- Format: Hardcover
- ISBN: 978-0-7190-7268-0
- Pages: 200
- Publisher: Manchester University Press
- Price: £80.00
- Published Date: March 2006
- BIC Category: Society & social sciences / Politics & government, Germany, POLITICAL SCIENCE / General, POLITICAL SCIENCE / World / European, POLITICAL SCIENCE / Peace, Politics & government, Politics
- Series: Europe in Change
Germany, pacifism and peace enforcement is about the transformation of Germany's security and defence policy in the time between the 1991 Gulf War and the 2003 war against Iraq. The book traces and explains the reaction of Europe's biggest and potentially most powerful country to the ethnic wars of the 1990s, the emergence of large-scale terrorism, and the new US emphasis on pre-emptive strikes.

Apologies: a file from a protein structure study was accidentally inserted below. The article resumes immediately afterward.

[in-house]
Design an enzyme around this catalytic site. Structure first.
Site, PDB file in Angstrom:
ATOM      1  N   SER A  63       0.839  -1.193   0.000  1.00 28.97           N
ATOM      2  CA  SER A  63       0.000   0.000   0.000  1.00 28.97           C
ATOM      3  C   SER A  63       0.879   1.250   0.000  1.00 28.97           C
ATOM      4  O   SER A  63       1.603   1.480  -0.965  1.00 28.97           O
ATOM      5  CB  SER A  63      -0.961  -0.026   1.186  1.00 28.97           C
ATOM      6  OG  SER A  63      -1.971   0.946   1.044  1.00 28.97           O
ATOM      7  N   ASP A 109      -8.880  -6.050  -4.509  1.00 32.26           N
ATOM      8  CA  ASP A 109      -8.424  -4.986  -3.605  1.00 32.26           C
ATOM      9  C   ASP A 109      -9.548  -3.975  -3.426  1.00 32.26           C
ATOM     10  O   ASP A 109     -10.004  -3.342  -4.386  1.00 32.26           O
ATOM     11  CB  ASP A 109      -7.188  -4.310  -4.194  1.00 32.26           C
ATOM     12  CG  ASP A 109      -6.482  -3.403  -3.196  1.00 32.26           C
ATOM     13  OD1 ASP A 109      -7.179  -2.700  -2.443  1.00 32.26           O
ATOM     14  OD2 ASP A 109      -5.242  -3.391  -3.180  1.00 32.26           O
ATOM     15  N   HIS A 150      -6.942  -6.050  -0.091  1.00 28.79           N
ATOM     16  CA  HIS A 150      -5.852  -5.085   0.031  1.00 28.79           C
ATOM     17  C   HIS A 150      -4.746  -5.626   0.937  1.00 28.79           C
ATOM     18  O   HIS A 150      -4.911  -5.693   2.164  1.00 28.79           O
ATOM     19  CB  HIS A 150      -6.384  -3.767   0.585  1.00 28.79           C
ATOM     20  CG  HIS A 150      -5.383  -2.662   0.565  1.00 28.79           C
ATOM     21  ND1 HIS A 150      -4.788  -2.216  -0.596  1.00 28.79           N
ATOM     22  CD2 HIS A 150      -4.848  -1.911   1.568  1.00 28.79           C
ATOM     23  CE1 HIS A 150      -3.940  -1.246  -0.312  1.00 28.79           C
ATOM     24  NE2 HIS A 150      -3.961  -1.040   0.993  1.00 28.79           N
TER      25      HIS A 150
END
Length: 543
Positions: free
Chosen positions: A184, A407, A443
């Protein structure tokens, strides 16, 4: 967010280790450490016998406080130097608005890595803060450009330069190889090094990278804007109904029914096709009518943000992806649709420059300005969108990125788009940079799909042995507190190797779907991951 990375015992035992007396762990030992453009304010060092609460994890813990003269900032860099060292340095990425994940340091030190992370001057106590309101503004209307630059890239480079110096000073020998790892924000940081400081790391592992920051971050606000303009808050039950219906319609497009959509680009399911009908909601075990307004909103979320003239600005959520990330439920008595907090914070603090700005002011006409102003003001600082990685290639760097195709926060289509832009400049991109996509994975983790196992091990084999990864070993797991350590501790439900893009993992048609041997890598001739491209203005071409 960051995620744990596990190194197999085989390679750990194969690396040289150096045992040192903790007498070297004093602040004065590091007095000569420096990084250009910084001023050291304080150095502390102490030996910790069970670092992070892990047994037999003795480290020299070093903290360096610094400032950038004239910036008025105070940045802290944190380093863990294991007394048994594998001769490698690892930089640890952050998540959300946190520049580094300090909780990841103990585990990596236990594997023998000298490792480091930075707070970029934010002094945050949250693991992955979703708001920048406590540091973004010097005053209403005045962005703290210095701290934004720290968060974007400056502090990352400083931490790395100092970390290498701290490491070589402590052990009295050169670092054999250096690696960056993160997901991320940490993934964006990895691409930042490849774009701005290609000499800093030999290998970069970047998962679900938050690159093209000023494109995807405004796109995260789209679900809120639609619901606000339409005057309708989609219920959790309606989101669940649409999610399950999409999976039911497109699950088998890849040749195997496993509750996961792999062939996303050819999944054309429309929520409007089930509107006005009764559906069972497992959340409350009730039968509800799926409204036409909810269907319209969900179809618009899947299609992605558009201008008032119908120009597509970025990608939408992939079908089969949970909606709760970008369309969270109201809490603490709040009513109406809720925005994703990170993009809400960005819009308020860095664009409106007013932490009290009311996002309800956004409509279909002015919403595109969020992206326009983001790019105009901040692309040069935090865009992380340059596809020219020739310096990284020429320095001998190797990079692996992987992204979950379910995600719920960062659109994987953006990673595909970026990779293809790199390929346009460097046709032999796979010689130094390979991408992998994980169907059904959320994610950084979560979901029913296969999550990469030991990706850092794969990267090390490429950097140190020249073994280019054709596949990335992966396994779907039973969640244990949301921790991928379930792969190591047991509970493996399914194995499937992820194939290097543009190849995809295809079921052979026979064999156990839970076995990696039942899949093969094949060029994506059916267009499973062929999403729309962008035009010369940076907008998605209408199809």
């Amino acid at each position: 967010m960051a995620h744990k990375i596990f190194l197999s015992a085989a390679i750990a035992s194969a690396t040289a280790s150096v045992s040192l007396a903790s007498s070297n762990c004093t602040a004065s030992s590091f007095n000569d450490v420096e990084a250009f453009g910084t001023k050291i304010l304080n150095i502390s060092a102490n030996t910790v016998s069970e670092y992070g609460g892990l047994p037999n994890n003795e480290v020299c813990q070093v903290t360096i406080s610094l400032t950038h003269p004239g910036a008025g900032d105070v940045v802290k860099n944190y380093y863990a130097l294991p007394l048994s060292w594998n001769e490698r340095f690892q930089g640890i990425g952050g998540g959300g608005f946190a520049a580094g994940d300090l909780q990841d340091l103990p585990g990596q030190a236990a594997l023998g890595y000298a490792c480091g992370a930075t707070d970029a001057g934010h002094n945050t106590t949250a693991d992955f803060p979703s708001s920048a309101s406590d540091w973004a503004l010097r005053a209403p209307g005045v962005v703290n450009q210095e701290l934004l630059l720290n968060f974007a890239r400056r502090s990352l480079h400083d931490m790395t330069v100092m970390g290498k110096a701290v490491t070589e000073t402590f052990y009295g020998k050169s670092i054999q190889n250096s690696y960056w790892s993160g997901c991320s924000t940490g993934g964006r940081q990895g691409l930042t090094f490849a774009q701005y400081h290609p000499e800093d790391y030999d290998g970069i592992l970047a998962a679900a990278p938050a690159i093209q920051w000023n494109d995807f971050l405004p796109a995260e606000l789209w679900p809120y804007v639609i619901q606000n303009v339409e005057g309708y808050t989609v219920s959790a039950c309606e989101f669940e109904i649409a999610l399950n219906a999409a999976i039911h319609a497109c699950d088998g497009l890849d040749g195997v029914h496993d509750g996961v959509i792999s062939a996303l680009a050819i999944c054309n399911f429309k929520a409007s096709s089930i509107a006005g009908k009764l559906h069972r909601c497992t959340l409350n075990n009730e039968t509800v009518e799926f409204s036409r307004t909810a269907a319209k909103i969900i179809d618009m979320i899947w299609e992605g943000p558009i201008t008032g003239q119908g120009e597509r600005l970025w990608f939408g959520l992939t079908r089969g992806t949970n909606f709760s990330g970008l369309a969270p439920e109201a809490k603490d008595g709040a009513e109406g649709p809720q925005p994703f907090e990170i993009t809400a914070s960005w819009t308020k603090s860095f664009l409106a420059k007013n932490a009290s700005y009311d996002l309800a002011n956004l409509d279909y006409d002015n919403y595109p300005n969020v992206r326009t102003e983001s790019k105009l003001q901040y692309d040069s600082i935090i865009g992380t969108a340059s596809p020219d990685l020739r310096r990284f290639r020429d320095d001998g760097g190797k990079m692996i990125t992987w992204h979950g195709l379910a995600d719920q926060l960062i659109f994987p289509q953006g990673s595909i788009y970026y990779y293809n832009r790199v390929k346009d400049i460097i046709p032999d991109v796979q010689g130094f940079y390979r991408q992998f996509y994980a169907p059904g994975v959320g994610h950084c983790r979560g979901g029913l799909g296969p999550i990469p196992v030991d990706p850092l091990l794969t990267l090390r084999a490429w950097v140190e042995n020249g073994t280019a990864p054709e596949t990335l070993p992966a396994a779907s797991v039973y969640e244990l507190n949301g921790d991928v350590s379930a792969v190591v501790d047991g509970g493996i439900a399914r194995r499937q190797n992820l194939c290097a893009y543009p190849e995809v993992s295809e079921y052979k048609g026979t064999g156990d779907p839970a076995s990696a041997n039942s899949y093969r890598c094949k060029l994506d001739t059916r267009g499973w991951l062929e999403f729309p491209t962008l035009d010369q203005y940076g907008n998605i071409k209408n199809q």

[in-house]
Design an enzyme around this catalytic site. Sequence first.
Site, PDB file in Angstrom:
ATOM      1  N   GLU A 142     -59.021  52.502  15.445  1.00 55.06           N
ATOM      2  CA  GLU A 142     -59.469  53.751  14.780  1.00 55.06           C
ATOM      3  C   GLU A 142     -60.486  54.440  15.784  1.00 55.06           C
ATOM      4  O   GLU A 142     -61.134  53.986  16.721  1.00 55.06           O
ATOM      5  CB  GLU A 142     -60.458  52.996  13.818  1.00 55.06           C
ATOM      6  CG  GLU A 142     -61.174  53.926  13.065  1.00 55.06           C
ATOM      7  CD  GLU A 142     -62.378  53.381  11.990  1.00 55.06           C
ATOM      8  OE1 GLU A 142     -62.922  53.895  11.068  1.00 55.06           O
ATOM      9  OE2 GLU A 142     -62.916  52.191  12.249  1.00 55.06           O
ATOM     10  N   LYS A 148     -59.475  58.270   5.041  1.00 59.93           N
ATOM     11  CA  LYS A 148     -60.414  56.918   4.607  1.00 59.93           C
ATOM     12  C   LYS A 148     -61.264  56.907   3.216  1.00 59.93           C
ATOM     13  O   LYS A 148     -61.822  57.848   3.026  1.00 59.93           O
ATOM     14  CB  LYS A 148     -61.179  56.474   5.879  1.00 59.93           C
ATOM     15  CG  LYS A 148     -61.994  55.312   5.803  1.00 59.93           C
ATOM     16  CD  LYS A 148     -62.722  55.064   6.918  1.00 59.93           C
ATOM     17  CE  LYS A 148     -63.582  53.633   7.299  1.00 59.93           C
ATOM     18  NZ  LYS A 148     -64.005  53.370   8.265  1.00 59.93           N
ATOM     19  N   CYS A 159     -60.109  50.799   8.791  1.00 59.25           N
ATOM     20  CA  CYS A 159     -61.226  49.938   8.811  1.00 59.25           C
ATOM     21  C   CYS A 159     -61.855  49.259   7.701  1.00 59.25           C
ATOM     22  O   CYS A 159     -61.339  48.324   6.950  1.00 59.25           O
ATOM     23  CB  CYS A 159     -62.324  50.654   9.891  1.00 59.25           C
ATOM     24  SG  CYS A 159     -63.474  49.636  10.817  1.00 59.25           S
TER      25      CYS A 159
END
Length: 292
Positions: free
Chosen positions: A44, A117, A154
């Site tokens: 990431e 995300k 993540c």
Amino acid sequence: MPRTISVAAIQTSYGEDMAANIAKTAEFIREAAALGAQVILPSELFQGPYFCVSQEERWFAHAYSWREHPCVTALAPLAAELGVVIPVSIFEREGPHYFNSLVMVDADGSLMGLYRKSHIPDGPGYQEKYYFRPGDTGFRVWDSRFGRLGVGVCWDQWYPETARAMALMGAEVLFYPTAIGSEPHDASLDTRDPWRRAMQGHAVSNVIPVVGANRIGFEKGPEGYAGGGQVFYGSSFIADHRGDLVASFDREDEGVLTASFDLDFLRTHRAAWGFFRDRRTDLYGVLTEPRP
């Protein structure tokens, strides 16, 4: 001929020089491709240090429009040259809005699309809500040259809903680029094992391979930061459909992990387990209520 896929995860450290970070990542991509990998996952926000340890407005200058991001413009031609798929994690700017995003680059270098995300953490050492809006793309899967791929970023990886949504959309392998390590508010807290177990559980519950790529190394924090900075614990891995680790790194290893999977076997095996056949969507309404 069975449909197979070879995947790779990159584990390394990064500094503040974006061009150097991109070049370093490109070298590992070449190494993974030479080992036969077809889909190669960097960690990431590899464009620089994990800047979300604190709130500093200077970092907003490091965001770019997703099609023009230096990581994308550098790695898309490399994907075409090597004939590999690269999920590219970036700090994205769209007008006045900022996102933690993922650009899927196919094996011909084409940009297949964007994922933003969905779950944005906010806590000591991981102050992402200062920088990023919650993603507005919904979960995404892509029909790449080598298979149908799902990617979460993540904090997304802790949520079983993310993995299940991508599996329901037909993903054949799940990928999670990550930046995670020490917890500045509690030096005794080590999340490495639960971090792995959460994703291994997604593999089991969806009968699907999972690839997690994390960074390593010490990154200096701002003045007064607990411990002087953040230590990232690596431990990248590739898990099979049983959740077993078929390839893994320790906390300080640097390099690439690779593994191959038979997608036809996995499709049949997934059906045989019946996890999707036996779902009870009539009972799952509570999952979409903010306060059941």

Based on an analysis of Germany's strategic culture it portrays Germany as a security actor and indicates the conditions and limits of the new German willingness to participate in international military crisis management that developed over the 1990s. It debates the implications of Germany's transformation for Germany's partners and neighbours and explains why Germany said 'yes' to the war in Afghanistan, but 'no' to the Iraq War.
INTRODUCTION: From Iraq to Iraq: full circle?
PART I: Research design and historical background
1. Studying German strategic culture
2. A post-war history of German security culture
PART II: A military role for Germany in international crisis management?
3. From the Gulf War to Somalia: cracks in the old consensus
4. From Srebrenica to Operation Allied Force: reinterpreting the lessons of the past
5. Back to the Gulf: limits and possibilities of the new consensus
PART III: The Bundeswehr: willing and able?
6. The Bundeswehr: a force for good?
7. The Bundeswehr's projection capability
CONCLUSION: Germany, pacifism, pre-emptive strikes
Anja Dalgaard-Nielsen is Fellow at the Danish Institute for International Studies, Copenhagen